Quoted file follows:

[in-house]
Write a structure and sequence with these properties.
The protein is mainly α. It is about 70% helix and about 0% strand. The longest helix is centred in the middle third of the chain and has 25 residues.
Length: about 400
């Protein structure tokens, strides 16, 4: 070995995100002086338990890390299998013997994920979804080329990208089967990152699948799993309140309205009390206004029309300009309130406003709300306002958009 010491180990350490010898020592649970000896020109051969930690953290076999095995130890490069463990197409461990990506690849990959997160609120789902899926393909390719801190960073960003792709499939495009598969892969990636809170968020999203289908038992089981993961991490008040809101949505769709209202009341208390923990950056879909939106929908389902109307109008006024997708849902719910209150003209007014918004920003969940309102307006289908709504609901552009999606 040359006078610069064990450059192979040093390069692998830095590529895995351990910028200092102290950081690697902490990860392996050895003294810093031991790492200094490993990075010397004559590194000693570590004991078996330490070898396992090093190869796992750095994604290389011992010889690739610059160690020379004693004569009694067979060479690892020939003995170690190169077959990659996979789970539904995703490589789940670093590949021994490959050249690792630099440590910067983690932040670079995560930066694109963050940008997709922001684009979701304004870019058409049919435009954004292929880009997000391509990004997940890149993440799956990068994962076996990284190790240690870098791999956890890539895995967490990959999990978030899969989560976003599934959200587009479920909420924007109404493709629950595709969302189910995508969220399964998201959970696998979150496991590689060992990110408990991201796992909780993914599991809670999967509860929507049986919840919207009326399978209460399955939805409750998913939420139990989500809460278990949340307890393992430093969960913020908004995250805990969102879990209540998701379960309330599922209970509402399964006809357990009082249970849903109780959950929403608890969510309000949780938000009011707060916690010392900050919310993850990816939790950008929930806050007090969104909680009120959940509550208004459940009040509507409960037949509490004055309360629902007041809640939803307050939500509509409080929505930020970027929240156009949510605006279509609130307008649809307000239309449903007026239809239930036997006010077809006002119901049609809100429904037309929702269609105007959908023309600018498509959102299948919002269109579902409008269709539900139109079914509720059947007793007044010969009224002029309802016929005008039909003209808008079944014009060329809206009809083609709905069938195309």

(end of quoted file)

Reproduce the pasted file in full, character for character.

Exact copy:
[in-house]
Write a structure and sequence with these properties.
The protein is mainly α. It is about 70% helix and about 0% strand. The longest helix is centred in the middle third of the chain and has 25 residues.
Length: about 400
């Protein structure tokens, strides 16, 4: 070995995100002086338990890390299998013997994920979804080329990208089967990152699948799993309140309205009390206004029309300009309130406003709300306002958009 010491180990350490010898020592649970000896020109051969930690953290076999095995130890490069463990197409461990990506690849990959997160609120789902899926393909390719801190960073960003792709499939495009598969892969990636809170968020999203289908038992089981993961991490008040809101949505769709209202009341208390923990950056879909939106929908389902109307109008006024997708849902719910209150003209007014918004920003969940309102307006289908709504609901552009999606 040359006078610069064990450059192979040093390069692998830095590529895995351990910028200092102290950081690697902490990860392996050895003294810093031991790492200094490993990075010397004559590194000693570590004991078996330490070898396992090093190869796992750095994604290389011992010889690739610059160690020379004693004569009694067979060479690892020939003995170690190169077959990659996979789970539904995703490589789940670093590949021994490959050249690792630099440590910067983690932040670079995560930066694109963050940008997709922001684009979701304004870019058409049919435009954004292929880009997000391509990004997940890149993440799956990068994962076996990284190790240690870098791999956890890539895995967490990959999990978030899969989560976003599934959200587009479920909420924007109404493709629950595709969302189910995508969220399964998201959970696998979150496991590689060992990110408990991201796992909780993914599991809670999967509860929507049986919840919207009326399978209460399955939805409750998913939420139990989500809460278990949340307890393992430093969960913020908004995250805990969102879990209540998701379960309330599922209970509402399964006809357990009082249970849903109780959950929403608890969510309000949780938000009011707060916690010392900050919310993850990816939790950008929930806050007090969104909680009120959940509550208004459940009040509507409960037949509490004055309360629902007041809640939803307050939500509509409080929505930020970027929240156009949510605006279509609130307008649809307000239309449903007026239809239930036997006010077809006002119901049609809100429904037309929702269609105007959908023309600018498509959102299948919002269109579902409008269709539900139109079914509720059947007793007044010969009224002029309802016929005008039909003209808008079944014009060329809206009809083609709905069938195309």